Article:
With Christmas and the holiday season fast approaching, so are those long-awaited guests and there’s nothing nicer than having a beautifully clean home ready for them. If you’re struggling to remove mould from the grout in your bathroom, follow this simple advice.
Why remove mould from grout
Moulds have existed for millions of years, according to the Centers for Disease Control and Prevention (CDC) – but that fact doesn’t make mold safe to have around. A good rule of thumb is if you see or smell mold, remove it.
As a fungus, mould thrives in moist spaces and can grow both inside and outside. Our teams across the UK constantly see mould in bathrooms, kitchens, laundry rooms, basements and even garages so we have the tips you need to get rid of it safely and effectively.
Why mould develops on grout
One of the most common places to find mould is between tiles, because the porous nature of grout is highly susceptible to microscopic growth. Whether part of a kitchen backsplash or bathroom detail, tiles usually see a ton of moisture. Rarely do we take the time to dry tiles or the grout between them completely after we cook or wash. If a damp room has inadequate ventilation and you don’t run a fan or dehumidifier, it quickly becomes the right environment for mould. Removing mould from the grout between tiles can be tedious, but it’s well worth it to avoid mould-related illnesses.
How to remove mould from grout
Fortunately, there are several cleaning agents that work to remove mold froum the grout between tiles. When cleaning the grout between tiles, first check to make sure the cleaning agent you use won’t cause any damage to that specific kind of tile. Some tiles should not come into contact with bleach or abrasive agents like baking soda.
Safety first. Always work in a well-ventilated space with an open window or operational fan. Wear non-porous gloves to protect your skin, and don’t forget safety glasses to protect your eyes from splash-back while cleaning.
Chlorine bleach. Regular chlorine bleach works well to remove mould from white grout. Avoid bleach if you have colored grout, since it can cause fading, and never mix bleach with other cleaners. Wear a mask along with your other protective gear to keep from inhaling the bleach. Work in small sections and scrub the bleach directly onto the mouldy grout using a stiff bristle toothbrush. Let the bleach sit for at least 30 minutes (keep the exhaust fan running), then rinse with warm water. Repeat as needed.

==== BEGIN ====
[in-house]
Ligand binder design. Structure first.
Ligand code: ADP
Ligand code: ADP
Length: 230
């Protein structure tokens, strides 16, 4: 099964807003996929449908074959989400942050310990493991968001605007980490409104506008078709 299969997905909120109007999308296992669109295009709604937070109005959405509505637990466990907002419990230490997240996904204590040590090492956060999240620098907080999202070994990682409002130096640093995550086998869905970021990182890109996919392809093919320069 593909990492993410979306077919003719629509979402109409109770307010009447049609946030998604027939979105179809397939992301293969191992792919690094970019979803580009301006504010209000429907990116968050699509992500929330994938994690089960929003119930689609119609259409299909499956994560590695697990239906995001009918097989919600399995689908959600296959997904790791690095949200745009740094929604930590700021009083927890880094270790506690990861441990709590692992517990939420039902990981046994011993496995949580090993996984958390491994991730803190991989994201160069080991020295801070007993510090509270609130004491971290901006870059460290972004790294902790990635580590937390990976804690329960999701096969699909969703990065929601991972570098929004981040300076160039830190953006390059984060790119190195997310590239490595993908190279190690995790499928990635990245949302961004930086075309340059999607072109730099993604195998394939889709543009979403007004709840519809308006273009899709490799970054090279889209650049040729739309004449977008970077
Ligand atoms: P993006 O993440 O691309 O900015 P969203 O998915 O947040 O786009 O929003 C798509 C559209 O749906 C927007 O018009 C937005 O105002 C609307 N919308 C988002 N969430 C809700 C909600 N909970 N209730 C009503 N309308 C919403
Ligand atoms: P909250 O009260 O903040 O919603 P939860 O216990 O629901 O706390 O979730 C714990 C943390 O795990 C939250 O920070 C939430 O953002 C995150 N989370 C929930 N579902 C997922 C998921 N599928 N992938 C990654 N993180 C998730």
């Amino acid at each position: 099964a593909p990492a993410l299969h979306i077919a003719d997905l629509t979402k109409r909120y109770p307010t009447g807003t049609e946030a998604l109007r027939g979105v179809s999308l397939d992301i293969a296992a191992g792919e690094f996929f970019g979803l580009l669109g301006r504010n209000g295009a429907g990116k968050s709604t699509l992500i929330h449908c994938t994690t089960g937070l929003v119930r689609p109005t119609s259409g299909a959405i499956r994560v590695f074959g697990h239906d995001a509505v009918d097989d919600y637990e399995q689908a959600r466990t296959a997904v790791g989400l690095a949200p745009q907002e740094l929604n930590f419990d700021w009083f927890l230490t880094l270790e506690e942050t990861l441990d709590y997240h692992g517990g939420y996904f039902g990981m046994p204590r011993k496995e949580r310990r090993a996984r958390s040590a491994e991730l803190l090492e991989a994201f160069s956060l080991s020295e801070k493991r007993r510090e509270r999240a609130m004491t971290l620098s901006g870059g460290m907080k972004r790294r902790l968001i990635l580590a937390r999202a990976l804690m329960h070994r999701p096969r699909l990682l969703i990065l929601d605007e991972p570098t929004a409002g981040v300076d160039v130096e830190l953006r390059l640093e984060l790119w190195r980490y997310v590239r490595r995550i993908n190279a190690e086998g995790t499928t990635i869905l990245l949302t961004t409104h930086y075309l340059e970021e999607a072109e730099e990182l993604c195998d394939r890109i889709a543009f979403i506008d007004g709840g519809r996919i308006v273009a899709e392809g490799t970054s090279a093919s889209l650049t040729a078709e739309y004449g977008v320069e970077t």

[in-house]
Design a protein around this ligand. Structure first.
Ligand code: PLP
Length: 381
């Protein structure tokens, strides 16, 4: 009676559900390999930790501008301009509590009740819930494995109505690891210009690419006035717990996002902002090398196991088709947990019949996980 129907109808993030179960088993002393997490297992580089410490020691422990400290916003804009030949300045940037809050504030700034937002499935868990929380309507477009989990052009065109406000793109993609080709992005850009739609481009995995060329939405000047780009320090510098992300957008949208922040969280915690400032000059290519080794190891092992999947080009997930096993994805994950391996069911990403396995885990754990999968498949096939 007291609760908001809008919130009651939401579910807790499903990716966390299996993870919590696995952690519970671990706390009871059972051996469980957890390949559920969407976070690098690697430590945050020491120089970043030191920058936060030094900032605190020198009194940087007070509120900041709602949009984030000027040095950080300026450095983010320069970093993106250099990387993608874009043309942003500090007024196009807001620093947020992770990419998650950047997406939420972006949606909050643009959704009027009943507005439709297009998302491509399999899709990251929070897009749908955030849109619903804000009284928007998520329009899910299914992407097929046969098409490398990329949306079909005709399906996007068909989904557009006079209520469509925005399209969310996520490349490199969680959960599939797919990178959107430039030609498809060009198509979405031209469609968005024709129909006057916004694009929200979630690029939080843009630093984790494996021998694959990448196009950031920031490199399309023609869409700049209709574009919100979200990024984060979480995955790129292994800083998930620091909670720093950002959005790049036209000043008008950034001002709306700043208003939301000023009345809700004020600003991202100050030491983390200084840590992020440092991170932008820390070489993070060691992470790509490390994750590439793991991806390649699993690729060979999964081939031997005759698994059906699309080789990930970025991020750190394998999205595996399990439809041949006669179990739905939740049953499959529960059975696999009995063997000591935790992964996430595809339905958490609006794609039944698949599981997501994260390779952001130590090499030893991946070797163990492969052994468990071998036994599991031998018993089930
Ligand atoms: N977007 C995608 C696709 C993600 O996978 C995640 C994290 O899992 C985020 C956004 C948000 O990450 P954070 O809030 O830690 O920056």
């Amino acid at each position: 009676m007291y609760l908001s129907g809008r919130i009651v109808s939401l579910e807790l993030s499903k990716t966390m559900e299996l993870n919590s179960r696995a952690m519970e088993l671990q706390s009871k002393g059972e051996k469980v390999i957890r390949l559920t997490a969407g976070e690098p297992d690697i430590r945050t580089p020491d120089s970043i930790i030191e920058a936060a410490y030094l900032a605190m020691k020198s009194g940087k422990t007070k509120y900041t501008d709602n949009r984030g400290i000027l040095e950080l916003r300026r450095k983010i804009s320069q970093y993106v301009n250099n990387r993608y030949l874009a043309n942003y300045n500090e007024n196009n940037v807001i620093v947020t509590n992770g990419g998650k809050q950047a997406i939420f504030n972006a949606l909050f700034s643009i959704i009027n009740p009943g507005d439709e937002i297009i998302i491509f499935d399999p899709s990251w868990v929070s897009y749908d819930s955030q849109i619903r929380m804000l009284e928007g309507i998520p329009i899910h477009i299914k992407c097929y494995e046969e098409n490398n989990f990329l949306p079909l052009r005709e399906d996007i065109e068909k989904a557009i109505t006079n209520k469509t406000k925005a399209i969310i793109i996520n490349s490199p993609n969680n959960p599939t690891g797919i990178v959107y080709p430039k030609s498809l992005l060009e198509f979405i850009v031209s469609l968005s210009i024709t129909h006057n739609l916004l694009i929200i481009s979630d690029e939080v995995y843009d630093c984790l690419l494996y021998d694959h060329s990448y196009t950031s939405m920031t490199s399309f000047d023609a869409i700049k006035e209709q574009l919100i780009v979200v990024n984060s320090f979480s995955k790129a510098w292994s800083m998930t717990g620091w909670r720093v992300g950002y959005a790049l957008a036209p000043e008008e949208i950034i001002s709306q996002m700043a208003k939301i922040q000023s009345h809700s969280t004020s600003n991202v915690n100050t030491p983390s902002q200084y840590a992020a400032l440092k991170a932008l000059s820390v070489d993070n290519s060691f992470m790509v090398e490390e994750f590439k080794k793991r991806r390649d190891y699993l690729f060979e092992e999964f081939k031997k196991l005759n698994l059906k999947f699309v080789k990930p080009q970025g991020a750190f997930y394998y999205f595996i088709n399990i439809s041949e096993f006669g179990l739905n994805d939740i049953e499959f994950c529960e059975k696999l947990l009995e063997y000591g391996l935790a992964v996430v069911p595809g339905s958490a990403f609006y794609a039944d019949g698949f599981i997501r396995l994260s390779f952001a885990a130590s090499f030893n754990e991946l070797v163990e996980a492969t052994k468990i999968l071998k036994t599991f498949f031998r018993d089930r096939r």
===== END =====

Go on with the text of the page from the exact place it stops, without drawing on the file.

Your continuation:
Distilled white vinegar. Vinegar is a great, natural cleaning agent and generally won’t cause grout discoloration or deterioration. Using a spray bottle, saturate the mouldy area with white vinegar. Let it sit for 30 minutes and then scrub with a bristle brush, being careful not to chip away at the grout itself. Spray again and let sit for another 30 minutes. Rinse with warm water, and repeat if necessary.
Baking soda paste. Baking soda is a stellar lifting agent. To make a paste that you can spread over mould to lift it, stir together 1/2 cup of baking soda and several teaspoons of water. Adjust the combination until you have an easily spreadable consistency. Apply the baking soda paste directly over the mouldy grout, let sit for 10 minutes, then scrub the mould away with a bristle brush. Rinse with water, and repeat as needed.
Baking soda plus hydrogen peroxide. Apply a thick baking soda paste to the area affected by muold. Spray or carefully pour hydrogen peroxide over the baking soda paste so it begins to fizz, which will help loosen the mould further. Scrub the fizzing paste using a stiff bristle brush, then rinse the paste and mould away with water. Repeat as needed.
Tip: If there’s mould on the sealant that seals around your bath, taps, sink or toilet, the safest thing to do is remove the sealant. Sterilize the area with bleach or distilled white vinegar and dry it thoroughly before replacing the sealant. Opt for a mildew-resistant sealant to inhibit the growth of future mould.
Some mould problems can’t be tackled with home remedies or commercial cleaning produts found at your local supermarket. If you’re facing stubborn grout mould or too much mould to handle alone, call the pros at Merry Maids for complete mould removal from any area of your home.